Stephen Fry: What I Wish I Had Known When I Was 18

Now in his 50s, British writer and actor Stephen Fry offers some pearls of wisdom for the young (but they’re no less valuable for those a bit longer in the tooth). Don’t set yourself goals. (They keep you from fulfilling who you really are.) Keep your ego in check. (You’ll be better liked, and more opportunities will come your way.) Have heroes. Get outside your comfort zone. The list goes on…

Related Note: We recently featured a Cambridge University video – The Strange New World of Nanoscience – narrated by Stephen Fry. Worth a watch.

via Alec Couros aka @courosa

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Comments (24)
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  • Jonathan says:

    Anyone else see the irony in a twitterer such as Stephen Fry berate the ‘self obsessed’ on the internet?

  • Hannah says:

    It’s not especially self-obsessed to want to talk about yourself, or about other things that you care about, to people who are interested. And people who decide to visit your twitter, or even follow it, have definitely expressed an interest. It’s more self-obsessed to want to push your opinions onto people who aren’t interested (just saying what you “think” without even bothering to see what others have to say, so convinced you’re right, for expample), and a lot more of that goes on in comments etcetera. Although it’s a fine line, of course.

  • harpreet Kaur says:

    I do love that. ‘abdigation of one self ‘.
    it seems natural, one should be naturally more inquisitive about things we don’t know and all things other than ourselves.

  • Kelly says:

    lol…if you catch yourself saying me or I too much your on the wrong track…but Richard’s constant use of “you should” and “you should not” might be just as if not more isolating and repellent. ;-)

  • Hank says:

    dan – just about everything on your site has been a good, very good, and sometimes great pick…but for this one. sorry. i agree with the commenters above.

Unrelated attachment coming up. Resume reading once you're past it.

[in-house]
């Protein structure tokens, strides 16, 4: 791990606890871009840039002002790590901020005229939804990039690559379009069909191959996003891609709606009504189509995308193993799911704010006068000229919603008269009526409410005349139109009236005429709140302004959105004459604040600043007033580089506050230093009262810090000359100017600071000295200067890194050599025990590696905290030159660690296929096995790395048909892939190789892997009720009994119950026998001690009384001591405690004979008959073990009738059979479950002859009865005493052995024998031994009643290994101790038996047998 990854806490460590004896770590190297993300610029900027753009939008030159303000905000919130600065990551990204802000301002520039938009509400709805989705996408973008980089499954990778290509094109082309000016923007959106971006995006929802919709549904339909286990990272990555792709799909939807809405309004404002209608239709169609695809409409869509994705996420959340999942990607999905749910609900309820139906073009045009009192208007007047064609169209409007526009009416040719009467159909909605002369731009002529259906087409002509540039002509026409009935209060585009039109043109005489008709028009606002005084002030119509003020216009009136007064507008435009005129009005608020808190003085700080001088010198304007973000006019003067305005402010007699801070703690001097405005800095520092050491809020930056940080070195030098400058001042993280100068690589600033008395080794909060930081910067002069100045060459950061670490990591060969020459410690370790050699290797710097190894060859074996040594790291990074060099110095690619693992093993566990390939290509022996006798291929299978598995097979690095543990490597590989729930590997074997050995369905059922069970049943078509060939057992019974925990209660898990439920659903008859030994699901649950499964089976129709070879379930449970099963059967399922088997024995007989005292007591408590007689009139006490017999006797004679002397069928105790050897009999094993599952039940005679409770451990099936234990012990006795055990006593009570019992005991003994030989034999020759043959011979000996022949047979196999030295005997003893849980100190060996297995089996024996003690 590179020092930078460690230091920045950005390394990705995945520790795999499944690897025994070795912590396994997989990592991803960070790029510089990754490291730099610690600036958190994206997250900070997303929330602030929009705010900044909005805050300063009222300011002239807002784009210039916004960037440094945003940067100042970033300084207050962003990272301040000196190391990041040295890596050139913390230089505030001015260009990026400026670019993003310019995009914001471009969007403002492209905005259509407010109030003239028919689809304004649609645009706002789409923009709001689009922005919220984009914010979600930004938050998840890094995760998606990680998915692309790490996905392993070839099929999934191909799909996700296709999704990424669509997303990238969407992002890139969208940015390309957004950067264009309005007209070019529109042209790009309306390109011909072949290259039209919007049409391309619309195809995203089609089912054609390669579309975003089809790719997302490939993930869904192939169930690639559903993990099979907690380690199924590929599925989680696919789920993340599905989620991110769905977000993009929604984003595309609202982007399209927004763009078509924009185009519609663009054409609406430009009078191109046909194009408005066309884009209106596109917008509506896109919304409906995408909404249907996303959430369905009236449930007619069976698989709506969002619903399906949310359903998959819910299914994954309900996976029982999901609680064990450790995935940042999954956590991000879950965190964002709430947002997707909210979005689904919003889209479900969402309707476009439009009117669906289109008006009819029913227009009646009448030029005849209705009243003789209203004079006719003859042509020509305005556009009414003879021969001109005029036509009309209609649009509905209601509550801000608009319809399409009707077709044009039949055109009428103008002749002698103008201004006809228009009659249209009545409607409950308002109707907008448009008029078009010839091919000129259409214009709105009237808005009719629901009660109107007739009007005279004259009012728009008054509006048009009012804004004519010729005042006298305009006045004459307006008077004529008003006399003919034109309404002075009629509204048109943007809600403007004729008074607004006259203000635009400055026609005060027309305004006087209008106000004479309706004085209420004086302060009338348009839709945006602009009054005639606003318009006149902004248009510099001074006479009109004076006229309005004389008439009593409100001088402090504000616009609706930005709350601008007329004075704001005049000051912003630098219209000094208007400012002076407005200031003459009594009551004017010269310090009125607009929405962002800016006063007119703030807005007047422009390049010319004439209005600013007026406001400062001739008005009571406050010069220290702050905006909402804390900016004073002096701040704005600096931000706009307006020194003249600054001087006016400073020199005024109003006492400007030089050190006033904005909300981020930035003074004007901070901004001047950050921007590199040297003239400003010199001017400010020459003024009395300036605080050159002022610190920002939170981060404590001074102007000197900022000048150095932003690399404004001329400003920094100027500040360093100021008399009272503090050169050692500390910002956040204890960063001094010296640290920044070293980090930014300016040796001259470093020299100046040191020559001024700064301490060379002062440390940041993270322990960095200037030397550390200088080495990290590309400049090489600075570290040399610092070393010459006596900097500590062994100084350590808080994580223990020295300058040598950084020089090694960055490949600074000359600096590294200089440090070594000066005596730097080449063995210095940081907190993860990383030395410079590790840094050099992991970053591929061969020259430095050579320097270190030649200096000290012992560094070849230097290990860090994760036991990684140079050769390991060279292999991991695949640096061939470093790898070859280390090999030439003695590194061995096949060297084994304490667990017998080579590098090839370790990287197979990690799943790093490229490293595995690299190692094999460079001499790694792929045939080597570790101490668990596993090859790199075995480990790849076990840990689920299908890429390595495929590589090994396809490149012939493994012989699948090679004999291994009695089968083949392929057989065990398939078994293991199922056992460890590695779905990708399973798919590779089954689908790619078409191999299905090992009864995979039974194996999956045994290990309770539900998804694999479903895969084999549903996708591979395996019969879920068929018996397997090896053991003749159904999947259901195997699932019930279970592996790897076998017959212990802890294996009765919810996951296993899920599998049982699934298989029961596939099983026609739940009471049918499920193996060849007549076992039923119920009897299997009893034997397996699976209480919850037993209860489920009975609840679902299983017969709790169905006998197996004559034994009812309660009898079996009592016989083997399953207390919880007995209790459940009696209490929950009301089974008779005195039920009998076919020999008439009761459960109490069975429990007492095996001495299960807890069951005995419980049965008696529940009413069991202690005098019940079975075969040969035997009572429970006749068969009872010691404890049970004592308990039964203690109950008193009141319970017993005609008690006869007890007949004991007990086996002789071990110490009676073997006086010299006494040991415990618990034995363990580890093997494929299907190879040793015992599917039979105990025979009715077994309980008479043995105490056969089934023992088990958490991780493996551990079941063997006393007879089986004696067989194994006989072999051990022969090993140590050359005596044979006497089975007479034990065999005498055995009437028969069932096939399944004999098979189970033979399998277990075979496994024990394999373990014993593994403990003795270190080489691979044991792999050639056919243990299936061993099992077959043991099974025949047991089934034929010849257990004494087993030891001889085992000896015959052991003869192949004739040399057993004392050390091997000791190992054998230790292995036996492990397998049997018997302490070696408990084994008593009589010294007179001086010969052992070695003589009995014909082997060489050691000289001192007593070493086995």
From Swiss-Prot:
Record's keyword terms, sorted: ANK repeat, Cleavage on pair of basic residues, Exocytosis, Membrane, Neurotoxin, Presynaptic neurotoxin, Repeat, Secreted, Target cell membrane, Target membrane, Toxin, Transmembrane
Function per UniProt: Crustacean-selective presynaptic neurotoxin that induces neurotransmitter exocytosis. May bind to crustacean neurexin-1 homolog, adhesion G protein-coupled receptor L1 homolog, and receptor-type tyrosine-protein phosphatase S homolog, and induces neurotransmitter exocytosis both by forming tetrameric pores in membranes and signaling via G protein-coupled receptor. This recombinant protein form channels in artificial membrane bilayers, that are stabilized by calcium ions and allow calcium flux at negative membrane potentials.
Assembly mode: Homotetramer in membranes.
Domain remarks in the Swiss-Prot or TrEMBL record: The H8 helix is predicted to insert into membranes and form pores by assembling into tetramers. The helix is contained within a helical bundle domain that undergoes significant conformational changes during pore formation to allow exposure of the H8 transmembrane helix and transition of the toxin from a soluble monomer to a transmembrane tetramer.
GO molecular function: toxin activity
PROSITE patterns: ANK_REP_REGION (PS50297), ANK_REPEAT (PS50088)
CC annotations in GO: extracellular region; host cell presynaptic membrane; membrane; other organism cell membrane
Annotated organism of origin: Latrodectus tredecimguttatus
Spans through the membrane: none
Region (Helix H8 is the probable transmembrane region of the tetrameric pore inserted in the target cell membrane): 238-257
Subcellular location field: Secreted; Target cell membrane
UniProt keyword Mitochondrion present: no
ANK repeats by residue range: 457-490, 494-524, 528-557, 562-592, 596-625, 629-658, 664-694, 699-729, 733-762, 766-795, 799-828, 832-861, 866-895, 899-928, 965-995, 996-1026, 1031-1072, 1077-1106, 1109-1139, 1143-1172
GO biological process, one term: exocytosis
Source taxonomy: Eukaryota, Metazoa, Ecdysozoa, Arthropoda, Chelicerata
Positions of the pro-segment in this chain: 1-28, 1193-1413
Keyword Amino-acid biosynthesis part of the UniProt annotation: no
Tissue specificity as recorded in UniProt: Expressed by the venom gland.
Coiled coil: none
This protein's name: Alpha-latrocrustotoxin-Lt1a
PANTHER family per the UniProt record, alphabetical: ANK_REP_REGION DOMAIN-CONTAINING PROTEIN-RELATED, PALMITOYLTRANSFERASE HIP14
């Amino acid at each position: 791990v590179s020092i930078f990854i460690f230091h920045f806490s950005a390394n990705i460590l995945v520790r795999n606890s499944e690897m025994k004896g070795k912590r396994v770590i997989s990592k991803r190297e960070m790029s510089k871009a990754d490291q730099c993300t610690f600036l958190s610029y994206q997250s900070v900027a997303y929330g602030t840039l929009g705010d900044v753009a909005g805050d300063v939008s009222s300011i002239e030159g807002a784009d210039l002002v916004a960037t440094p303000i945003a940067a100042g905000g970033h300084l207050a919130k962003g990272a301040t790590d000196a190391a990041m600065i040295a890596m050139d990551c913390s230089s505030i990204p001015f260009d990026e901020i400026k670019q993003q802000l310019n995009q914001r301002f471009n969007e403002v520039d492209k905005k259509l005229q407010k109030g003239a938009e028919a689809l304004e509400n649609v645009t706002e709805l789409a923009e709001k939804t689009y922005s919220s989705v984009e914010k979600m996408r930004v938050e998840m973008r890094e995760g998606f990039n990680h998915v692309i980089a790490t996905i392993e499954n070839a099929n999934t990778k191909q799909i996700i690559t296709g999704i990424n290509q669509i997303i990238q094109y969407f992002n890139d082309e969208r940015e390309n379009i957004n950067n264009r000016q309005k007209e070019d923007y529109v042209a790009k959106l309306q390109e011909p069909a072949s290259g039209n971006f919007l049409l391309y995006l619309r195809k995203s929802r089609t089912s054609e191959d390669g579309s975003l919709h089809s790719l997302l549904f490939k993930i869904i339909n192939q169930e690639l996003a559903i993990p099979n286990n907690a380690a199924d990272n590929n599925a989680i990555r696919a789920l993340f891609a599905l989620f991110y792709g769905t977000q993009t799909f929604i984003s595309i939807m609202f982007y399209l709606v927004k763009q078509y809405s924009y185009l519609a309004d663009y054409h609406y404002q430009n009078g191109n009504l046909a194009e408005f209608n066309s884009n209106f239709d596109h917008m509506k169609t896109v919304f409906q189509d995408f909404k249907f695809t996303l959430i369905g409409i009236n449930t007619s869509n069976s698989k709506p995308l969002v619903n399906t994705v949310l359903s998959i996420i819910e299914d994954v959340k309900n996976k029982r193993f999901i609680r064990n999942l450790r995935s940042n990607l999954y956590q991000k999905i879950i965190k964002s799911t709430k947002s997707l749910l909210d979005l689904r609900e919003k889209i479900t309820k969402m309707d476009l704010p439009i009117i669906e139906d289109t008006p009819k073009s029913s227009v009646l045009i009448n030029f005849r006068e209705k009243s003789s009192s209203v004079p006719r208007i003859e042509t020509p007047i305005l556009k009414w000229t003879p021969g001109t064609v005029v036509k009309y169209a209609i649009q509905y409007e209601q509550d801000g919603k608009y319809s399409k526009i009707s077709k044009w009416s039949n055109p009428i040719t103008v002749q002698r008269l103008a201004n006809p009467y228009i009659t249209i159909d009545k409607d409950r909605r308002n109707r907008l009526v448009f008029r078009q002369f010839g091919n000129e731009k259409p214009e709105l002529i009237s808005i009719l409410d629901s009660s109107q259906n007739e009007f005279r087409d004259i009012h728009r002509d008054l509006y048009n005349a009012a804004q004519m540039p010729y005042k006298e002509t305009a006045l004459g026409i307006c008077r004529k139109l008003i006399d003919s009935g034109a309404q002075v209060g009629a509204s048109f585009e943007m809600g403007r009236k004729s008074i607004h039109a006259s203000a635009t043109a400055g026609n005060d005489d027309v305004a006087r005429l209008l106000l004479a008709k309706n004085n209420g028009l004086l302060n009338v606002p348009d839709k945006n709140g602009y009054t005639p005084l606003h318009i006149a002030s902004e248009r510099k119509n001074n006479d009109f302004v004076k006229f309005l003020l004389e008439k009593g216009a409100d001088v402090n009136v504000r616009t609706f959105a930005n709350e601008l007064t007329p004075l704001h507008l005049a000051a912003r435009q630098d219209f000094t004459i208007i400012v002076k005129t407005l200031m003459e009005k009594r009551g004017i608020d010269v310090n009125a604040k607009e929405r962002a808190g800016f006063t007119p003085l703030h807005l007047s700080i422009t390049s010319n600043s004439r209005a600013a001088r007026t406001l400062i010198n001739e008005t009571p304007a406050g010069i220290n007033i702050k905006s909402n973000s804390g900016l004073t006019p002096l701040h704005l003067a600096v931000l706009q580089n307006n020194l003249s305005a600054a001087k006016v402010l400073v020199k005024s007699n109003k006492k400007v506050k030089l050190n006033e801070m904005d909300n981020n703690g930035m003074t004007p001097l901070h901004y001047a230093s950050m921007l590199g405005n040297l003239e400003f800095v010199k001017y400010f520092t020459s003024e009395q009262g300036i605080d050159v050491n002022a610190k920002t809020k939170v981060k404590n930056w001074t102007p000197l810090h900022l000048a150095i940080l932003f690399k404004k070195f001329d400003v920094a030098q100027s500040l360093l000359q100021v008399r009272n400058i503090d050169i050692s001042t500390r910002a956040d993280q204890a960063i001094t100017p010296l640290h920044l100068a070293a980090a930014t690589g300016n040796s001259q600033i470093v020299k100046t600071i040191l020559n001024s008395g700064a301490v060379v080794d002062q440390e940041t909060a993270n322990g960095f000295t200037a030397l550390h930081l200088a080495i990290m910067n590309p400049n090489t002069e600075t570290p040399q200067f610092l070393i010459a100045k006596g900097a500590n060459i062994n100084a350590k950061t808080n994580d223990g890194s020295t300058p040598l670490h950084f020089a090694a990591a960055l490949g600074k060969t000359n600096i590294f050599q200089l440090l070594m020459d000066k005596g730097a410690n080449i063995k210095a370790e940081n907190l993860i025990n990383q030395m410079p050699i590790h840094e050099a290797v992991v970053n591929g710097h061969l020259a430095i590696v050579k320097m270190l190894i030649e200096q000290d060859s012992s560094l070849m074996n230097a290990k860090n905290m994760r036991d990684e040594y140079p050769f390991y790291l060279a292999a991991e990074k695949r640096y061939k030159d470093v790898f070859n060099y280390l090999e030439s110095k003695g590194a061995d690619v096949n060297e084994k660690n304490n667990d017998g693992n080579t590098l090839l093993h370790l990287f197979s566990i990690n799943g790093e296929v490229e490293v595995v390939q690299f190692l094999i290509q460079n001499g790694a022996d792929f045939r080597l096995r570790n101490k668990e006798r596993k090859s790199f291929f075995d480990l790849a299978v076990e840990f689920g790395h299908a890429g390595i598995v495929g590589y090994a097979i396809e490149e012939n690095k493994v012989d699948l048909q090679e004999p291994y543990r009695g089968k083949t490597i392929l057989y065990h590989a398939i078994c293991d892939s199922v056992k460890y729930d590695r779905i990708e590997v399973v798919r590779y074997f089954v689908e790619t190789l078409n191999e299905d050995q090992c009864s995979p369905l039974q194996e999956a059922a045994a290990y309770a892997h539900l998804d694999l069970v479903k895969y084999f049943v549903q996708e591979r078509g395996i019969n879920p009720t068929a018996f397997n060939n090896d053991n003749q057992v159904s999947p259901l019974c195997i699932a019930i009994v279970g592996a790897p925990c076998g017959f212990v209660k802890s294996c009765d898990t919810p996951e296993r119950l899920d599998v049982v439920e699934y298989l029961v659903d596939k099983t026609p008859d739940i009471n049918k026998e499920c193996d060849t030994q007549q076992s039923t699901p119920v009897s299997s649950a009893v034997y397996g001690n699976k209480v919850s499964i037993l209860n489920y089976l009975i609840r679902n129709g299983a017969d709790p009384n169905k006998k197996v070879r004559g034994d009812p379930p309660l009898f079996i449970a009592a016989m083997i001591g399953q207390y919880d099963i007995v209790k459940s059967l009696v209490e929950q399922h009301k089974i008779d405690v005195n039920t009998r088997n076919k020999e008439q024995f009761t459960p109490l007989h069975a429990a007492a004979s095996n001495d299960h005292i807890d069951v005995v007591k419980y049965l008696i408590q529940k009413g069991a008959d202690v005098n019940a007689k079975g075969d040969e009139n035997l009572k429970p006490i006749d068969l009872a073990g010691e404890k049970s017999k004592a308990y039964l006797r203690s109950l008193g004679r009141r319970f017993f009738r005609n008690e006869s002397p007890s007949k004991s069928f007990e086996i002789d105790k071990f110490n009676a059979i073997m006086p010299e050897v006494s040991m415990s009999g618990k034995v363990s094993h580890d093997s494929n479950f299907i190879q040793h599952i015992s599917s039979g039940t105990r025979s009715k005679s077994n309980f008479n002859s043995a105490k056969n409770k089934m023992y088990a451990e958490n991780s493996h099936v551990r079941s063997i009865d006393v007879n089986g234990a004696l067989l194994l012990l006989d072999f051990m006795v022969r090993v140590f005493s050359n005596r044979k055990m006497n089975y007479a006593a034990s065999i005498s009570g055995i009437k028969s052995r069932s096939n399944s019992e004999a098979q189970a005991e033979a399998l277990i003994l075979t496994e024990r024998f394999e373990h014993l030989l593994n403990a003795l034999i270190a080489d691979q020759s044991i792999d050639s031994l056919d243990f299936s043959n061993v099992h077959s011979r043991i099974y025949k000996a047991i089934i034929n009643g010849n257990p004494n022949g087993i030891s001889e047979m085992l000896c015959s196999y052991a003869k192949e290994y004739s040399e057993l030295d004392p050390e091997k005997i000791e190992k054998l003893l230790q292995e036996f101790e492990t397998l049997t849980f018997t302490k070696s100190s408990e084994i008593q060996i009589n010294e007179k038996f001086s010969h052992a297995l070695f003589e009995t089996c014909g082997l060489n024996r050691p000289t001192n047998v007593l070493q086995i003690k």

• Dan Colman says:

    I didn’t exactly think this item would get panned. Seemed like a less likely suspect than other things I’ve posted here. Guess you never know.


  • Bryon says:

    I thought this was wonderful Dan. I loved the final line:

    “All the big words—virtue, justice, truth—are dwarfed by the greatness of kindness.”

  • Brian says:

    Well I thought it was a very nice video. Thanks for posting it, Dan.

  • Thanks for posting our video, Dan. Lots more at Carpe Diem.

  • Greg Battye says:

    I also think it’s an excellent piece. Anyone who thinks that Stephen Fry is talking primarily about himself simply hasn’t listened. It’s not unusual — in fact I’d say it’s part of the same ailment — for poor listeners to accuse others of talking excessively about themselves. Thanks, Dan, for a very worthwhile and thoughtful contribution.

  • Pokksey says:

    What they said…

  • Bill says:

    Stephen Fry isn’t reading this.

  • Gia says:

    I thought this was great. Thanks for uploading.

  • Bess says:

    I wish I could can this for my children to watch when they get older… I thought it was an excellent piece.

  • Amina Farooq says:

    Hi Dan, I’m in my first year of med. school, and just spent 13 hours of my day studying; this was such a wonderful and refreshing break. Thank you. :)